Uninstalled all CUDA files in my system, cleared the registry

Installed CUDA 9.0 and unchecked the visual studio integration during installation
and copied the dll from cuDNN to bin folder in v9.0/
you can try installing cuda 9.0 and set the environment Path to
C:\Program Files\NVIDIA GPU Computing Toolkit\CUDA\v9.0\bin

Restart the computer after setting the environment variables

install the tensorflow-gpu

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commented Jun 26, 2018

@Sri06006 I was also able to get things working by installing CUDA 9.0. I installed it along side CUDA 9.2 since I was told they can coexist. Things are working, but I still think it's odd that the whl file's description would say it has CUDA 9.2 support if it only explicitly looks for CUDA 9.0.

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commented Jun 29, 2018

I have successfully built and run tensorflow1.8 and 1.9rc1 against cuda9.2+patch1 and cudnn 7.1, with python3.5 on Ubuntu 16.04. I installed cuda9.2 stuffs in a separate test folder (use the .run files without sudo)

I source this script when building and whenever I run these versions of tf (tf1.9 compiled with openmpi. but need to change line 76 of tensorflow/tensorflow/contrib/mpi_collectives/kernels/mpi_ops.cc from se to stream_executor or build would fail)

$PYTHONUSERBASE is set to the test folder so pip3 install --user would install the test tf whl (only one of 1.8 or 1.9rc can exist of course)inside the test folder without messing up the system's version. To invoke it would need to prepend $PYTHONPATH accordingly.

This way it would invoke the test version of tf and it would point to the matching version of cuda (9.2 instead of system's 9.1)

export PREFIX=/home/beew/opt/cuda_test/cuda92
export PATH=$PREFIX/cuda/bin:$PREFIX/bin:$PATH
export CUDA_SDK_ROOT_DIR=$PREFIX/samples/common
export TENSORRT_PATH=$PREFIX/TensorRT-4.0.1.6

export LD_LIBRARY_PATH=$PREFIX/cuda/lib64:$PREFIX/cuda/extras/CUPTI/lib64:$LD_LIBRRAY_PATH:$TENSORRT_PATH/lib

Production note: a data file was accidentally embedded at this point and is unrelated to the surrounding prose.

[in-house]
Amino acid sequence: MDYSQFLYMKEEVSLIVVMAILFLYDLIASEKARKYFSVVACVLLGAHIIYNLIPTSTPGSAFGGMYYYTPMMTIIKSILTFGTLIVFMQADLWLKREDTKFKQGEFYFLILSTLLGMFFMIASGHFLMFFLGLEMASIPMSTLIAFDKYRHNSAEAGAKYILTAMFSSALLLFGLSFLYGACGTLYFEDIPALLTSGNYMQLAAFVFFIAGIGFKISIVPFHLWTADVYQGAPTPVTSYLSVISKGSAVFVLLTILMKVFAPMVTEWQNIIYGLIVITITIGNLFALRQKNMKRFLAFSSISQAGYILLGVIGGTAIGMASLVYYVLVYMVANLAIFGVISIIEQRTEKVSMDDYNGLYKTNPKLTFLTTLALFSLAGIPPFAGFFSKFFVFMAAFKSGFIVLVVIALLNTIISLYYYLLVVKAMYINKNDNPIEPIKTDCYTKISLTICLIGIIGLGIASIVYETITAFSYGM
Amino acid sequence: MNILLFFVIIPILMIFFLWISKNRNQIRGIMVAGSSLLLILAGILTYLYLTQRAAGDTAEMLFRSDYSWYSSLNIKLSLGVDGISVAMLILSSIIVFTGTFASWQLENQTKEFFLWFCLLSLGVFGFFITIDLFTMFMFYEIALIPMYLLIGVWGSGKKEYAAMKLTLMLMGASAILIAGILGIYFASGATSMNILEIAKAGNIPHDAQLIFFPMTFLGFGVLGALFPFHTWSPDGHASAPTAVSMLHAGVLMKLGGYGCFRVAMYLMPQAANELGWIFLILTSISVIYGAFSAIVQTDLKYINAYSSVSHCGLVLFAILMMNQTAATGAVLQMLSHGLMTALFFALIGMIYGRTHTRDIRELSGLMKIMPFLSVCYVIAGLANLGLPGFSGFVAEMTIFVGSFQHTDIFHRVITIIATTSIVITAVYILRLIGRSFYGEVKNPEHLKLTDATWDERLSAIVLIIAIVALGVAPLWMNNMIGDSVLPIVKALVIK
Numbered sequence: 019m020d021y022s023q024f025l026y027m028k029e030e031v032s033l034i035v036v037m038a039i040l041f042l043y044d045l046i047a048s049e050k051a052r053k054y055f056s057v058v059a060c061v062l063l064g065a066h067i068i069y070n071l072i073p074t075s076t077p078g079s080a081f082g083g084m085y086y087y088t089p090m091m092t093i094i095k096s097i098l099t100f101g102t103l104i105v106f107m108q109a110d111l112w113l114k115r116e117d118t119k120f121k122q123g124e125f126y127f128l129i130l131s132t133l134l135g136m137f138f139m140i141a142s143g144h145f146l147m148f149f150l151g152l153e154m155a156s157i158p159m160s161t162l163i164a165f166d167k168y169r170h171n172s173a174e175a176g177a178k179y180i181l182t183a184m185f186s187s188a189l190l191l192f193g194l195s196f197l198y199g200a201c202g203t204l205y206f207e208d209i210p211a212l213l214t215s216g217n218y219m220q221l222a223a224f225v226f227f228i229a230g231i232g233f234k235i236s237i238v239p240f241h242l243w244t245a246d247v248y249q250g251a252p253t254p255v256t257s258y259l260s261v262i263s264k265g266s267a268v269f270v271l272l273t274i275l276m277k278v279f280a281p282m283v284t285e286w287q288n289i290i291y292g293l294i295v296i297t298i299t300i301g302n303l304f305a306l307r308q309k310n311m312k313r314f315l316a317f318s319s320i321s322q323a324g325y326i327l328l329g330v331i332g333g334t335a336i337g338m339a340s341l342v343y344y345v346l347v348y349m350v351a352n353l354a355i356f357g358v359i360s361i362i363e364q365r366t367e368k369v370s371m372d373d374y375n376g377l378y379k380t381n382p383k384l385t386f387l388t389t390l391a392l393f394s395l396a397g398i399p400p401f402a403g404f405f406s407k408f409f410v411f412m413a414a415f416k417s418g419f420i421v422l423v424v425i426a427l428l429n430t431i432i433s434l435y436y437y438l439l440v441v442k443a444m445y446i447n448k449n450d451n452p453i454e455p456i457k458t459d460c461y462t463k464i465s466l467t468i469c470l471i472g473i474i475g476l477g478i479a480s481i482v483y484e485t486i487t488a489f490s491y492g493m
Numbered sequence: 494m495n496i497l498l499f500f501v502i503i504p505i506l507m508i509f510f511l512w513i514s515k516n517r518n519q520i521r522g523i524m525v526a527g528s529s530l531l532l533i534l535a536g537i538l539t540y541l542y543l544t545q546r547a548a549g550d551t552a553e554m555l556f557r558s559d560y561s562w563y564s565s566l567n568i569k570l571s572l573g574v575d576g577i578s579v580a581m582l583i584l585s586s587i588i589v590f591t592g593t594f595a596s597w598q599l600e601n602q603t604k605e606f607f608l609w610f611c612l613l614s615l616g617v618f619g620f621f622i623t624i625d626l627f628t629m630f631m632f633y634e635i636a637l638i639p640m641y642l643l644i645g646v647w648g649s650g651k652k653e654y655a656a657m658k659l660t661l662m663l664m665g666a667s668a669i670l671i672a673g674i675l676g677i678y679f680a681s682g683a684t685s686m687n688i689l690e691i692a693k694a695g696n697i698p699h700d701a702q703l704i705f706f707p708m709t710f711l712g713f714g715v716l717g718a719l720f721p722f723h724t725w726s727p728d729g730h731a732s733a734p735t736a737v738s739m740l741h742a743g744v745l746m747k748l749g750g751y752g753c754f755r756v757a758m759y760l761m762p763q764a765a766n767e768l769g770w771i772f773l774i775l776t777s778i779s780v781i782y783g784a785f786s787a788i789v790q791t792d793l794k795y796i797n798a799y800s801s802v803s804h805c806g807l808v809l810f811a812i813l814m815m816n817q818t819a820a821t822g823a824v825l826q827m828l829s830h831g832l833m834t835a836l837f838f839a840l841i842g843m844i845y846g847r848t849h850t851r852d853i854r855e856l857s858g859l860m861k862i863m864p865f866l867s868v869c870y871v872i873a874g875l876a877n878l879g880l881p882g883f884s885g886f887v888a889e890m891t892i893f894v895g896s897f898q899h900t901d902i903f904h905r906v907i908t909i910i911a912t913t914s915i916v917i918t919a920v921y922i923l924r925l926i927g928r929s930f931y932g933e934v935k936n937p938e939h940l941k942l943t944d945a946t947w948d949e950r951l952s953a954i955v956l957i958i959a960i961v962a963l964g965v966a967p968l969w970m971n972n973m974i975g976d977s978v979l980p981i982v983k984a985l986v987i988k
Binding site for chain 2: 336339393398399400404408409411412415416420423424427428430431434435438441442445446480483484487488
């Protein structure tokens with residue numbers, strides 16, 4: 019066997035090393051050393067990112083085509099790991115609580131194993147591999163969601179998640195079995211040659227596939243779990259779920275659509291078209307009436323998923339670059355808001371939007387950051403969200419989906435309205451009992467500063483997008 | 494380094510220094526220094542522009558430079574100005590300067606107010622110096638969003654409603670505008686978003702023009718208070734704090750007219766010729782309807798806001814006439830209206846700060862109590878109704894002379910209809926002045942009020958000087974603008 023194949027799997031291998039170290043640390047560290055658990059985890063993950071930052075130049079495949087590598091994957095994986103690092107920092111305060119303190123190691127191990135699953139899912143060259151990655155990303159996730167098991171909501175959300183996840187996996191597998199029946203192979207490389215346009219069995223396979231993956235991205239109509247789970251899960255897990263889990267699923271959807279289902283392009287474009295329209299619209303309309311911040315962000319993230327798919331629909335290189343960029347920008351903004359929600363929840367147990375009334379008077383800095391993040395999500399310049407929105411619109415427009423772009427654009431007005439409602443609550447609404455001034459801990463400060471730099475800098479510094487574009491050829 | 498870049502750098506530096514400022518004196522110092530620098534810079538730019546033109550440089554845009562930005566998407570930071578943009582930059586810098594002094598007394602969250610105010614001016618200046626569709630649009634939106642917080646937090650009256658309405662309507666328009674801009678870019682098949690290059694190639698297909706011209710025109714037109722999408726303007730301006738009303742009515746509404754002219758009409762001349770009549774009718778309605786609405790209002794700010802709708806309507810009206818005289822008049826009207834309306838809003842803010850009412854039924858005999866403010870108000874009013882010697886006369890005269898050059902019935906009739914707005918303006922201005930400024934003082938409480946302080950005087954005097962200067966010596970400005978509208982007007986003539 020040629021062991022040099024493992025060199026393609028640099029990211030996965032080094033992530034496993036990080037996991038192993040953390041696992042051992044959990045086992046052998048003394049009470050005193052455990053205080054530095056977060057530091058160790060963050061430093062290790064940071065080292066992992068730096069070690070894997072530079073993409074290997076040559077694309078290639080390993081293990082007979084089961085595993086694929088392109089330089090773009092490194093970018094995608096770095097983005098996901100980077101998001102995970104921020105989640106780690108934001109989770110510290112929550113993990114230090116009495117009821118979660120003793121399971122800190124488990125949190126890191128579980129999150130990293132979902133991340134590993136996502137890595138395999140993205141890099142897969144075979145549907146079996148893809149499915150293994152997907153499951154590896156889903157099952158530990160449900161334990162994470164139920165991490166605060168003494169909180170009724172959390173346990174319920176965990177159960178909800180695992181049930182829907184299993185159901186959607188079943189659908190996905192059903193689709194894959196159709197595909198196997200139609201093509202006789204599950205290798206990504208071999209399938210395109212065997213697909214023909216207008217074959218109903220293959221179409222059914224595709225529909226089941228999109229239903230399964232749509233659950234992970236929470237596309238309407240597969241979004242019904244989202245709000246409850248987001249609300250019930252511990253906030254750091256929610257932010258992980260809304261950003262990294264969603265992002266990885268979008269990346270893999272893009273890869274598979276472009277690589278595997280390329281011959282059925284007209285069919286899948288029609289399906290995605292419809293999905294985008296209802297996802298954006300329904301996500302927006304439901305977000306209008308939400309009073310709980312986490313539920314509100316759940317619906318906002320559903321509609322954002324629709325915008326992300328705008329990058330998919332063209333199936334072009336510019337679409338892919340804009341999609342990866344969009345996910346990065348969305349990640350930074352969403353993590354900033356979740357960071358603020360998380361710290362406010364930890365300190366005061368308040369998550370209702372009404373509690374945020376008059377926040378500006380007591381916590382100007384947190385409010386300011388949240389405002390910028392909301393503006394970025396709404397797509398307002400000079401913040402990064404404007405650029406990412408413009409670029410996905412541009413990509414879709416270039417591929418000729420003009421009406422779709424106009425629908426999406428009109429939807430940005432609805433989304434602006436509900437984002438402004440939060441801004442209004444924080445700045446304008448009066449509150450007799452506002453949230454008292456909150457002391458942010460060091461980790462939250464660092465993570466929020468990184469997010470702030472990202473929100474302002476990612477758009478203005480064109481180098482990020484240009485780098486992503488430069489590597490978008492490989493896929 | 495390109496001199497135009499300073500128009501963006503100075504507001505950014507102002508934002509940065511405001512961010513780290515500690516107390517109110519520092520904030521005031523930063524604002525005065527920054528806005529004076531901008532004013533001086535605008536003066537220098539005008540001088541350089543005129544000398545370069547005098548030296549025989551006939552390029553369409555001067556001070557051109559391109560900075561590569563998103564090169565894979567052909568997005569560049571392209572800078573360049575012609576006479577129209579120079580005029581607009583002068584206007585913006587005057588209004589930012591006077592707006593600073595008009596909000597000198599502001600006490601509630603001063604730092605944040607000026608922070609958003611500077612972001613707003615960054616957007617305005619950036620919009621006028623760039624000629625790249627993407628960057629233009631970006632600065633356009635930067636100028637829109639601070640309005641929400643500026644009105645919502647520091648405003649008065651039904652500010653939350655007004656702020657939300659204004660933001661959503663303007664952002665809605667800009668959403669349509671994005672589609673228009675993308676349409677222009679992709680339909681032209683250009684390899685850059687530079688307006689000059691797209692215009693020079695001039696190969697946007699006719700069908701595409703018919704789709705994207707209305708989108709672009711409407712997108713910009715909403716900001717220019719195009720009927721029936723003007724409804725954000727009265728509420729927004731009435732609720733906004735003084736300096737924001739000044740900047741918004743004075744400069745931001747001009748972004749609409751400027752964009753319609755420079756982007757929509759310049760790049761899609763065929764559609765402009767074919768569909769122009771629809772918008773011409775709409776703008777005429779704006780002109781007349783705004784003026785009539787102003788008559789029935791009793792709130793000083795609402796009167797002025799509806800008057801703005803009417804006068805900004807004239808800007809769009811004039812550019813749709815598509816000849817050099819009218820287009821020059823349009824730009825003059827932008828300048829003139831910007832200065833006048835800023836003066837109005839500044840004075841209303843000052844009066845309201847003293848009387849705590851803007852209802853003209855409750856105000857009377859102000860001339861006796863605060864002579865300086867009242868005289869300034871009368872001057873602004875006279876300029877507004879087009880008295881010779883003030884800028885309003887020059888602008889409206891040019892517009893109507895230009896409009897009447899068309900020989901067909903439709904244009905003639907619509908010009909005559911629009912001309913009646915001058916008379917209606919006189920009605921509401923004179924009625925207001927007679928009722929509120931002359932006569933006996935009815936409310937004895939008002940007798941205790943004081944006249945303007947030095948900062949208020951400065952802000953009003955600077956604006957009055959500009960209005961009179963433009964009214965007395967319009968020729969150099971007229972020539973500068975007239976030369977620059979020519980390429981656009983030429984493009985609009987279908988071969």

export PYTHONUSERBASE=$PREFIX

export PYTHONPATH=$PREFIX/lib/python3.5/site-packages:$PYTHONPATH

export MPI_HOME=/usr/lib/openmpi

export CPATH=$PREFIX/include:$CPATH
export LIBRARY_PATH=$PREFIX/lib:$LIBRARY_PATH
export LD_LIBRARY_PATH=$PREFIX/lib:$LD_LIBRARY_PATH

alias nvblas92="LD_PRELOAD=$PREFIX/cuda/lib64/libnvblas.so"
@tensorflowbutler

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commented Jul 14, 2018

Nagging Assignee @tfboyd: It has been 14 days with no activity and this issue has an assignee. Please update the label and/or status accordingly.

@alanpurple

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commented Jul 15, 2018

this issue can be closed, it's working with cuda 9.2 and cudnn 7.1 already

@sliedes

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commented Jul 21, 2018

@tfboyd I'm sorry that this will probably sound like a rant, but since you explicitly solicited for feedback...

You say that you want to cater for a wide audience and therefore not force an upgrade to a new driver, and I'd say that's the right approach. However, in my experience due to the combination of (1) TensorFlow requiring a specific version of CUDA, and (2) distributions generally not supporting having multiple distributor-provided CUDA versions simultaneously installed, TensorFlow is one of the most difficult pieces of software to get to work. Almost every time I have installed TensorFlow on a computer there has been a mismatch of CUDA/cublas/cudnn/whatever versions. This is a major hassle, to the extent that usually my first reaction to code that uses TensorFlow is to search for an implementation for one of the other deep learning frameworks (I do have a CPU-only version of TensorFlow installed on my development workstation currently). I just don't want to go through the hassle of maintaining manually installed parallel versions of CUDA. The fact that you praise Docker as a solution should be good evidence that things are not as easy as they should – though probably it's still good advice.